Opinion Oct 9, 2020 5:00 PM EST

Kids in remote learning are mute witnesses to their education and not active participants

Remote learning is not learning, it's just remote. When teachers don't like what's going on in the chat, or feel that kids are acting up, they can just mute them with the click of a button.

Kids in remote learning are mute witnesses to their education and not active participants
Libby Emmons Brooklyn, NY
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Remote learning is not learning, it's just remote. When teachers don't like what's going on in the chat, or feel that kids are acting up, they can just mute them with the click of a button, leaving kids staring at their screens with no way to participate. They are literally mute observers to their education.

In March, after Google Meets became one of the go-to virtual classroom apps, Google made some changes to the platform specifically for educators. The changes meant that only creators and calendar owners could remove or mute people in a meeting, and that those in the meeting would not be able to come back into the session once the last person left.

The reasoning was that this way, "a teacher, as a meeting creator or Calendar event owner, can't be removed or muted by students participating in the event." Good news for teachers, for sure, but in the virtual setting teachers have even more control over a classroom than they did previously. This is great in some ways, and I'm sure makes teaching virtually easier than it would be if everyone was talking at once, but it also can turn the classroom into a mute, non-participatory audience.

In August, the updates from Google included not allowing meetings to start without a teacher present, which while great in theory, means that all student interactions are facilitated by an adult and there is no peer to peer contact. Teachers were given the "ability to mute all, disable chat, lock the presentation screen, block anonymous knocks and end the meeting for all users."

Remote learning is more like watching live TV than actual learning. In an in-person classroom, when a teacher stands before the class, she can see all the kids, can tell who is paying attention, and can discipline those who aren't. When kids are talking out of turn, she can tell them to stop. When a kid raises his or her hand, she can acknowledge it.

None of this is true in a remote classroom. There's a text chat function, but kids are told by the teacher not to use it, and definitely not to use it to talk to each other. The teacher who runs the chat is able to mute all the kids' mics, and only unmutes at her discretion. This leaves kids feeling like no one even knows they're there, and the kids who often get in trouble for talking just sit there, mute, unable to talk to their friends or their teacher.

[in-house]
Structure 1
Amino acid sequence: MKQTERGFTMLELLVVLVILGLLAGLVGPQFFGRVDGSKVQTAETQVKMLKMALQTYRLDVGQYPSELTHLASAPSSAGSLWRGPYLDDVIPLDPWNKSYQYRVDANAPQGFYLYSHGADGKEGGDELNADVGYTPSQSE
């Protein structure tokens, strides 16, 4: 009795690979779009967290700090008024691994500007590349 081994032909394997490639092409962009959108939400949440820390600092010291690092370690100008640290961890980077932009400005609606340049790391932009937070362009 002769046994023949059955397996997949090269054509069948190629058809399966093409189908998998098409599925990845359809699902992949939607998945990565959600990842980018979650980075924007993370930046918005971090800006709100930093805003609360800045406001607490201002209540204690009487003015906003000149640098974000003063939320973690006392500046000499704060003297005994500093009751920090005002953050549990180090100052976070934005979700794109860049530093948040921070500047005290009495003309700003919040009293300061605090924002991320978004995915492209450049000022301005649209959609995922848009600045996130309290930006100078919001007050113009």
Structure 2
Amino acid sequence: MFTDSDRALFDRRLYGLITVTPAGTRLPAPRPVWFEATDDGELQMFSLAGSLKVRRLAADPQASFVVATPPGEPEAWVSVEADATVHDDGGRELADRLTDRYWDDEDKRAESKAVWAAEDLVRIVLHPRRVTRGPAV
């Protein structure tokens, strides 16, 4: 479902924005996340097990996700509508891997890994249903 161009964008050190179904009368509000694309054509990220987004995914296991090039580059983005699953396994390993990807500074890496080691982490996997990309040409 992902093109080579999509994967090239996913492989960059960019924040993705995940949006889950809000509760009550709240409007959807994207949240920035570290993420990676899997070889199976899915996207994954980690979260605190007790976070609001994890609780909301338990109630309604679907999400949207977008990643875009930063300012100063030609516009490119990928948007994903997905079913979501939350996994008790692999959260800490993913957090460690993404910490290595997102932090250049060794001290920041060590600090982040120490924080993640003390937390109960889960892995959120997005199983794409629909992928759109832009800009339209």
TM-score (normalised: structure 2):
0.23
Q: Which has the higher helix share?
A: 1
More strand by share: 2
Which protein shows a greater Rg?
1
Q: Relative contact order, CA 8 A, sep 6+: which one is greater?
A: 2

It's a truly virtual lesson, because nothing is real, not the learning, not the interaction. Teachers can deliver themselves of the entire lesson without any input from students, and don't even have to acknowledge them at all. To the extent that they ask for class participation, they don't have to engage with the difficult kids or the ones who speak out of turn.

"During social studies today," my son told me the other day, "a kid asked 'how long is this period,' and the teacher muted chat until the end of social studies."

Once chat is muted, you can still use text chat, he told me, but kids don't get to unmute themselves. For my son's class, it was the kids who weren't typing in chat that got to be unmuted and participate in the class. Which, from a teacher's perspective, makes perfect sense: they have a lesson to get through, and they have to get that done. But is that more important than making sure the lesson is being learned?

In a virtual learning environment, there's no class clowns, there's no chatterbox, there's no kid who is so confused that he or she has to stop and ask a million questions, there's no kids that are so bored that a teacher can see them zoning out. Teachers can't get to know their students at all. This is not a classroom built for kids, it's one built for corporate training, and it's useless.

Kids across the country have been back in school for a few weeks, and in many of the big metropolitan areas, this education is being conducted via screen. While problems persist in just what exactly is being taught, and parents have expressed concerns about education looking more like indoctrination than actual information, another big problem is what remote learning actually is.

A recent story out of Washington State showed that a teacher muted an entire chat when he didn't like one student's expression of admiration for the current American president. Muting is not just to keep order, but can keep kids, and opinions that teachers don't want to hear, out of the classroom.

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